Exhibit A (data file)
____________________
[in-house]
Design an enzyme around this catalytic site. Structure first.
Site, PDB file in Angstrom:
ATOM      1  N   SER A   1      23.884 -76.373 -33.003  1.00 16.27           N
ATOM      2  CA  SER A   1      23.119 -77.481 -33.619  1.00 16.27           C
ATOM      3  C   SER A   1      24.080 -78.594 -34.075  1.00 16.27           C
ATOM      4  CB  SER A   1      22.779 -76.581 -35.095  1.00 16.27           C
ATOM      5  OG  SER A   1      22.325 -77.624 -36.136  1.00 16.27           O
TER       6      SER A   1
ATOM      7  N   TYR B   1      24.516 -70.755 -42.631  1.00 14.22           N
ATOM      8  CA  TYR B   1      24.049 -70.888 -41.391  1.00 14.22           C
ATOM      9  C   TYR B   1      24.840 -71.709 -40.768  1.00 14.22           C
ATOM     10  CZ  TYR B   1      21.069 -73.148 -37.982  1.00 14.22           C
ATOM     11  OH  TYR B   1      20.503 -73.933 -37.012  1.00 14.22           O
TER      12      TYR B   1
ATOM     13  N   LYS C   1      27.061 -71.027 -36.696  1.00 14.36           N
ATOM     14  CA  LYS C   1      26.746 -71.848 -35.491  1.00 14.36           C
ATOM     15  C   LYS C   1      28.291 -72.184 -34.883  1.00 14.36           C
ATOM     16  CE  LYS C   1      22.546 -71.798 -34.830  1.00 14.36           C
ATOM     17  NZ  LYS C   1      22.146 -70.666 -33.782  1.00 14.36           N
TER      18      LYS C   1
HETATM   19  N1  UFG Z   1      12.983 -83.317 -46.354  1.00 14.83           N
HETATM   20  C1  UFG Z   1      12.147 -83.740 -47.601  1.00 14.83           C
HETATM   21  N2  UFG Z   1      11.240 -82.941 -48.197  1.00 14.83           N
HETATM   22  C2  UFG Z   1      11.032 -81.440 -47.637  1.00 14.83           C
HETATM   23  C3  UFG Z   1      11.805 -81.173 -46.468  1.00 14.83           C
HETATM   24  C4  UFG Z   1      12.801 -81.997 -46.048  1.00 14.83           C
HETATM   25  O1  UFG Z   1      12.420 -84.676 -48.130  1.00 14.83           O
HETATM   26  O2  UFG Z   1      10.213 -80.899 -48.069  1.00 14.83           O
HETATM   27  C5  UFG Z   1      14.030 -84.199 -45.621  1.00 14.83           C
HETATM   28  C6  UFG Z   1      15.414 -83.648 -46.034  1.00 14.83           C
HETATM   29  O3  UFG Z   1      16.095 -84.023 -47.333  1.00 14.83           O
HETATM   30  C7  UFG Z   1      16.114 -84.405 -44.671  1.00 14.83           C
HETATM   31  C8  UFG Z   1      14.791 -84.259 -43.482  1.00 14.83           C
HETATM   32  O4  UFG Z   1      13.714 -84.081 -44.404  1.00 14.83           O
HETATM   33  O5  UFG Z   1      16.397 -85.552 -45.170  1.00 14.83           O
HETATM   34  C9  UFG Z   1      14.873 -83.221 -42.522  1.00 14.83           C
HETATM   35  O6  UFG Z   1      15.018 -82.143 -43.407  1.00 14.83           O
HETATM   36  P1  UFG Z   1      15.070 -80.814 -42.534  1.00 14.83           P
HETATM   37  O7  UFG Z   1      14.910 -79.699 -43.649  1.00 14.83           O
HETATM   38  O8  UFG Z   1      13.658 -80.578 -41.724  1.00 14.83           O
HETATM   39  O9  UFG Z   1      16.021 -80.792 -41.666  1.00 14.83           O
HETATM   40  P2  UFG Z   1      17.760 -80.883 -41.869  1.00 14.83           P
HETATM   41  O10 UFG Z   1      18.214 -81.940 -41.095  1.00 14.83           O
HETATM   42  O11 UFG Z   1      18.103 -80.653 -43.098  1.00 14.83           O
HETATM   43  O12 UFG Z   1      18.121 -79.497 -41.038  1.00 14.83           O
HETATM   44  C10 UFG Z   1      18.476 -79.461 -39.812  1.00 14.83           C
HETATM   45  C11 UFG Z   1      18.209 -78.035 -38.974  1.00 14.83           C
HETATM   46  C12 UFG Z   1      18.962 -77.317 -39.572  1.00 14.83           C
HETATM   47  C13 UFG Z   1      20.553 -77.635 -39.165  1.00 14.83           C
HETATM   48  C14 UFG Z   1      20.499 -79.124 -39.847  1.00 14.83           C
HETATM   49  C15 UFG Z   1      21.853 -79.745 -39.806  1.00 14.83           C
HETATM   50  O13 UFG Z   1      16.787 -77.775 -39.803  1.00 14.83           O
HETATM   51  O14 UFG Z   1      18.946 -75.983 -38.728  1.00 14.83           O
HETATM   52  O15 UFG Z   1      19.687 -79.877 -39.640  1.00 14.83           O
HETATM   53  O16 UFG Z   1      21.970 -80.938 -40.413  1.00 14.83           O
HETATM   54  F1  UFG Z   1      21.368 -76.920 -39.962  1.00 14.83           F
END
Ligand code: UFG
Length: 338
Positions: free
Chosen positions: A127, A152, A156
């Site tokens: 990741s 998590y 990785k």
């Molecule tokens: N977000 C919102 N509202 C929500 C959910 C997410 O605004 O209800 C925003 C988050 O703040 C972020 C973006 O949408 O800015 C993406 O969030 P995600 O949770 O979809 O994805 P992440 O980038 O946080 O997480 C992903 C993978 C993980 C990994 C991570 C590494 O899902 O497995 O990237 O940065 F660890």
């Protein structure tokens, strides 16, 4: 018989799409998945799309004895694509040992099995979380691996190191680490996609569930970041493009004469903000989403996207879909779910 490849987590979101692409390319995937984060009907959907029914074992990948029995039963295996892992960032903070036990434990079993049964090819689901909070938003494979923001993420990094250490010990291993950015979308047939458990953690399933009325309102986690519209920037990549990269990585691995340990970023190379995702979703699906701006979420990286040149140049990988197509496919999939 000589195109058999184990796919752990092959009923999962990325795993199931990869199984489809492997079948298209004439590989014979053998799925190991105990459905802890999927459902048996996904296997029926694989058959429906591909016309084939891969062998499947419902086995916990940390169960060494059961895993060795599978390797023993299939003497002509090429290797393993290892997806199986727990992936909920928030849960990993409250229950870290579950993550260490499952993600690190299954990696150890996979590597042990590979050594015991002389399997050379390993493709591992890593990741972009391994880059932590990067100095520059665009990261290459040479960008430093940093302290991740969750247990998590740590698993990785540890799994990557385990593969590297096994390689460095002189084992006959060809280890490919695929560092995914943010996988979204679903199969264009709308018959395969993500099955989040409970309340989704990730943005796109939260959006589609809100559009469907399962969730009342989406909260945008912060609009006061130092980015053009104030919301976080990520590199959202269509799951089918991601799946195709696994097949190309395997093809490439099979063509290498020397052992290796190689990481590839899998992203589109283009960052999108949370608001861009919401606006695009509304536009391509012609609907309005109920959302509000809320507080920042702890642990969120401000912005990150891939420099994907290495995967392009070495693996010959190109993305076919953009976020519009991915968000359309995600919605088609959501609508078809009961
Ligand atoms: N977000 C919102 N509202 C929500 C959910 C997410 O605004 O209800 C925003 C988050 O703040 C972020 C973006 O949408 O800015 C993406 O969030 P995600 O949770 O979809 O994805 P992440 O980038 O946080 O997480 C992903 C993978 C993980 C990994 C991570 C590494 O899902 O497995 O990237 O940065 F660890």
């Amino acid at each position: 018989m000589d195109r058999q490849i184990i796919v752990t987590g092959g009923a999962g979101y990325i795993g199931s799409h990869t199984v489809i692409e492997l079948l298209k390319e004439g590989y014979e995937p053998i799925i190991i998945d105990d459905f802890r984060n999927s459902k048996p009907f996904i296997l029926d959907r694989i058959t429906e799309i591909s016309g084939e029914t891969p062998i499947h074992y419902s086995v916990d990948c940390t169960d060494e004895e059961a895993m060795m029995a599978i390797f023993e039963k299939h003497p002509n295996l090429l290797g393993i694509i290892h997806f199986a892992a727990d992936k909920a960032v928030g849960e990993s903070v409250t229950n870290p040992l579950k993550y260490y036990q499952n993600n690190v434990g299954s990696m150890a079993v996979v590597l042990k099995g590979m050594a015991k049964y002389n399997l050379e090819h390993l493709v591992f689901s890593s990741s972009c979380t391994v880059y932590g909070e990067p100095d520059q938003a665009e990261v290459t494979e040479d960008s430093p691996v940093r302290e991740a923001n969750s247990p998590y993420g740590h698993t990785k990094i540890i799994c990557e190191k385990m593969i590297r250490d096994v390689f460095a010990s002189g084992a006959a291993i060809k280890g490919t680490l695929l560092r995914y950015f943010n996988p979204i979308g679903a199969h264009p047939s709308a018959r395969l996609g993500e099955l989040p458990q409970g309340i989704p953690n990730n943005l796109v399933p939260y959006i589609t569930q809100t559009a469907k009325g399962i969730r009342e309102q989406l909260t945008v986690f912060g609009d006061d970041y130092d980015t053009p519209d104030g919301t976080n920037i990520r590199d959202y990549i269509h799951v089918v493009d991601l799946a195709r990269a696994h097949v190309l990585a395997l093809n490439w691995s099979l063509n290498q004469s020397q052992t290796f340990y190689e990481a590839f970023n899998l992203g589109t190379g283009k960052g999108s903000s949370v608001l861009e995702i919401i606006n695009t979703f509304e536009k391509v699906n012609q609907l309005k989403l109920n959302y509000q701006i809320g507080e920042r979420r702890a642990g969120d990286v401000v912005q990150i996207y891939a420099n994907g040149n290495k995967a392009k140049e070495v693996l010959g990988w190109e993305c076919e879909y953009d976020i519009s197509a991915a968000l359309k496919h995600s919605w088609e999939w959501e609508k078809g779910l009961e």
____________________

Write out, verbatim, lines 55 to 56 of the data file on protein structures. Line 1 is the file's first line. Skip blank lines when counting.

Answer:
HETATM   52  O15 UFG Z   1      19.687 -79.877 -39.640  1.00 14.83           O
HETATM   53  O16 UFG Z   1      21.970 -80.938 -40.413  1.00 14.83           O